• An American politician often in the spotlight will be involved in a sensational sex scandal.
  • A major car company will go bankrupt.
  • A "sleeper" film that nobody heard of will win an Oscar®
  • I will clean up the upstairs office.
  • Barack Obama will become the next President of the United States.
  • Happy and Lucky will have a fabulous year.

Come back next year and see which of these predictions come true. If you are 100% correct, well, you MAY or may not win a prize!

Thursday, December 25, 2008

A Merry Christmas

Well, of course! We had a Merry Christmas.

Wednesday, December 24, 2008

iPod = What I've Been Missing and Didn't Know It

For years, I've been observing other humans walking around with things stuck in their ears, and I just didn't get it. Some were in a trance state, others would chuckle from time to time, and then there were those whose bodies would be wracked with spasms. Why would I want that?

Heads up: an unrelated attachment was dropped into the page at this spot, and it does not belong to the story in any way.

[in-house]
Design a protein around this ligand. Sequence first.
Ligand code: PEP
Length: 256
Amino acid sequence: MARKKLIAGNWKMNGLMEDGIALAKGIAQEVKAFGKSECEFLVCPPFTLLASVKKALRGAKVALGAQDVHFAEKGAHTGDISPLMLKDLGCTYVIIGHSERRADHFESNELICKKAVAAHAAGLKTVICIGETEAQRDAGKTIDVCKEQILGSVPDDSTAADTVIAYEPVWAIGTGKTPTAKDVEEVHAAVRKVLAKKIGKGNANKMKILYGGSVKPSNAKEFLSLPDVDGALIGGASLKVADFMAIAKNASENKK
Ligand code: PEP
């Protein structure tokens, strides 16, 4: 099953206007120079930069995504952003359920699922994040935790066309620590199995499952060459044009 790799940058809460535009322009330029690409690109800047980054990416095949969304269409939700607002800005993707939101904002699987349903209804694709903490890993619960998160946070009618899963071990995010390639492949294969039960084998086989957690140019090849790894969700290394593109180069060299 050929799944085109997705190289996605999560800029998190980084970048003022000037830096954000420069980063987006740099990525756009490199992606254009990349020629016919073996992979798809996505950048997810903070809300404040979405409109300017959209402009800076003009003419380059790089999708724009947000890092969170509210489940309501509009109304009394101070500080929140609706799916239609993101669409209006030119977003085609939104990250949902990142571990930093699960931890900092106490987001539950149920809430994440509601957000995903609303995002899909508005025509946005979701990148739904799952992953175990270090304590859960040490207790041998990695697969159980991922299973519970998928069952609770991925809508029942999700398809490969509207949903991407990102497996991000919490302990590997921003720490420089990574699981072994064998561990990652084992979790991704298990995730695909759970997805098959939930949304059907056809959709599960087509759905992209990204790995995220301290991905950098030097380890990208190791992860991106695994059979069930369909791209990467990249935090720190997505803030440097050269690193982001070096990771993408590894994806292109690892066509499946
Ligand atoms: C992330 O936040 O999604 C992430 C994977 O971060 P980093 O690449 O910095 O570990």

When Ron and I were in Mississippi, Alex gave me an iPod Nano. Yesterday, I got around to loading it (here's where it gets a little icky) with square dance music. Woo Hoo! I put on those tunes, summon seven phantoms, and I'm dancin'! We have a (smaller than optimal) space in our living room where I can singlehandedly square dance some singing calls. I can see the other dancers in my head, and the phantoms, so far, have been very cooperative, extremely talented dancers.

My next attempt will be to download Ira Flatow or Ira Glass.

Tuesday, December 23, 2008

T'Was Too Daze Before Christmas